It sounded too good to be true. You could hold just 32% of your investments in a special group of stocks, keep the rest in risk-free government bonds, and earn the same return as other investors with 100% stock portfolios.
Or, so suggested an article in the Dec 23, 2011 New York Times. Written by Ron Lieber, it was titled “Taking a Chance on the Larry Portfolio”.
The Larry in question was Larry Swedroe, a noted financial author and advisor. And the Portfolio in question was a radical one. I’ll let Lieber explain:
As for the Larry Portfolio, which he prefers to refer to by more technical names, the only stocks it contains are mutual funds that hold small or value stocks (preferably both) from around the world. Everything else tends to go into very safe bonds.
In the article, and more specifically in other writings, Swedroe makes it clear that his preferred stock holding is a single investment, the DFA small value fund (Larry’s company sells DFA funds, which you have to go through an advisor to buy).
As small value stocks compose only about 5% of the stock market, this idea flies in the face of basic diversification principles. But Swedroe believed the risks were worth it – that small/value stocks offered such great returns that investors could cut back dramatically on the percentage of stocks they owned, and still get the returns of the market as a whole. This was based on historical data:
If you wanted to gin up a portfolio to match closely (at 9.8 percent) that [the S&P 500 index] performance with much less risk, all you would have needed to do was put 32 percent of your money in a fund mimicking the United States stock index of small and value companies that Mr. Fama and Mr. French developed. Then you’d put the other 68 percent of your money in one-year Treasury bills.
It’s been eight years since this article, so I decided to see how those who’d taken a chance on the Larry Portfolio had made out.
I built a Larry Portfolio, with a mix of 32% small value stocks, and 68% short term treasuries, then compared it to a 100% stock portfolio. For the small value stocks, I used DFSVX. For treasuries, I used the Vanguard Short Term Treasury fund, VFIRX. And for the stock market as a whole, I picked the Vanguard Total Stock market index fund, VTSAX, which closely follows the S&P 500 index mentioned in the article.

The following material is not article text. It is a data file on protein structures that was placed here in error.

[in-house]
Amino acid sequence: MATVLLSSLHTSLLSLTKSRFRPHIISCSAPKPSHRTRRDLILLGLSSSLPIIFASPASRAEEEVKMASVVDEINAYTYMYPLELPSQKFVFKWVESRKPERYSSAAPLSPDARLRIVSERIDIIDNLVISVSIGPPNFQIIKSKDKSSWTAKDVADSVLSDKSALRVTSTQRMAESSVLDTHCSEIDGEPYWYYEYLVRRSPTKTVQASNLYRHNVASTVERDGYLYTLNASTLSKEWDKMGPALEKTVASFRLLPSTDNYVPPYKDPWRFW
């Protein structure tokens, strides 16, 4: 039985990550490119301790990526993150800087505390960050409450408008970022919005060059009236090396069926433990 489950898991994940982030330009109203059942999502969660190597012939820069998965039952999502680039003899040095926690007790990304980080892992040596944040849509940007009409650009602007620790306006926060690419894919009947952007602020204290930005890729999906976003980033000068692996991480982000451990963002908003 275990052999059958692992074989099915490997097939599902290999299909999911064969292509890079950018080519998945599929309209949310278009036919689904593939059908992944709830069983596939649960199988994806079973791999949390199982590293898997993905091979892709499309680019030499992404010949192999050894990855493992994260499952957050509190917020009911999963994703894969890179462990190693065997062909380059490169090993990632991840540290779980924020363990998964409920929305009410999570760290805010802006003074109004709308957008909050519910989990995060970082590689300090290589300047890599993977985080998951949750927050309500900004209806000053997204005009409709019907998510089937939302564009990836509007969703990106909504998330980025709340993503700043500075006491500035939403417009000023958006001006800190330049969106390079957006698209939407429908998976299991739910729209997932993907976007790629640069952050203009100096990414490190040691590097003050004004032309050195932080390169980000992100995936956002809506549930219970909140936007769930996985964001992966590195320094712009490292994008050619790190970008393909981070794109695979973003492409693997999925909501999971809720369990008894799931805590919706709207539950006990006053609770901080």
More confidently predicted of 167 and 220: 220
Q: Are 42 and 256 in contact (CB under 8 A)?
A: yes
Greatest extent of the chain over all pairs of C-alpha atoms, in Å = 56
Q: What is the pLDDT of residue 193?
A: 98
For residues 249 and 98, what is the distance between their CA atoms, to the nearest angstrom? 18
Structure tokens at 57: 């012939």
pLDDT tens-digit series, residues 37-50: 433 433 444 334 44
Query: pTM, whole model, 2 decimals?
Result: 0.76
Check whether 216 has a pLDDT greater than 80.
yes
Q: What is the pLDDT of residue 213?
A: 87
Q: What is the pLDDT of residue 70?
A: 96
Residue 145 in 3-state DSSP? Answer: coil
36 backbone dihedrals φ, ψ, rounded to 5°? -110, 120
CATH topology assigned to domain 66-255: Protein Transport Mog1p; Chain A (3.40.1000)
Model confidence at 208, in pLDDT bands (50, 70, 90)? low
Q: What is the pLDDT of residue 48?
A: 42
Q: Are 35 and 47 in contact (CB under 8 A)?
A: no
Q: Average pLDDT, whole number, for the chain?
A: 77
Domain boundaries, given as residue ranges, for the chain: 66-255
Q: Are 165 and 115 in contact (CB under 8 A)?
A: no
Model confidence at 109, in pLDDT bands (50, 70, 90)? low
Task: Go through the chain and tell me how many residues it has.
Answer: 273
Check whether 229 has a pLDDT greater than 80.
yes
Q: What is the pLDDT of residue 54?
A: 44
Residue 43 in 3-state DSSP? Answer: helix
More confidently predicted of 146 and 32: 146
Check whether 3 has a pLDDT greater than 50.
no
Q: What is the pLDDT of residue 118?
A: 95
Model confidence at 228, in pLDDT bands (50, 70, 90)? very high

Here are the returns for the past eight years, and the final value of each:
A $1,000 investment in the Vanguard market fund, which just tracks the US market as a whole, would have gained $1,973 between Dec 31, 2011 and Dec 31 2019. That same investment in the Larry Portfolio would have increased in value by $427. Even a 100% investment in that supposedly high returning DFA small value fund would have gained only $1,286.
Looked at another way, if you’d taken a chance on the Larry Portfolio in 2011 with your $300k retirement nest egg, here’s how much money you’d have at the end of 2019:
So, what happened here? How did the Larry Portfolio go so horribly wrong?
One answer can be found by looking closely at the second quote above. When discussing the returns of the US market, the article uses the S&P 500 index as a proxy – an actual index with verifiable returns, involving many large, liquid stocks for which historical data is readily available.
But those incredible small value returns? They’re based on a dataset created by two academics, Eugene Fama and Ken French, both of whom have long been on the DFA payroll.
This data, sometimes compiled from old newspaper clippings, was often populated with a few tiny stocks too small and illiquid for mutual funds to hold. In other words, nobody ever got those incredible small value returns.
In the article, Lieber offers readers a prescient warning:
In fact, whenever something like the Larry Portfolio looks different from whatever the Dow or the Nasdaq are doing, there is sizable risk of regret.
I think it’s fair to say that in the case of the Larry Portfolio, like so many other free lunches promised by financial advisors, that regret risk was realized. There’s a lesson in there somewhere.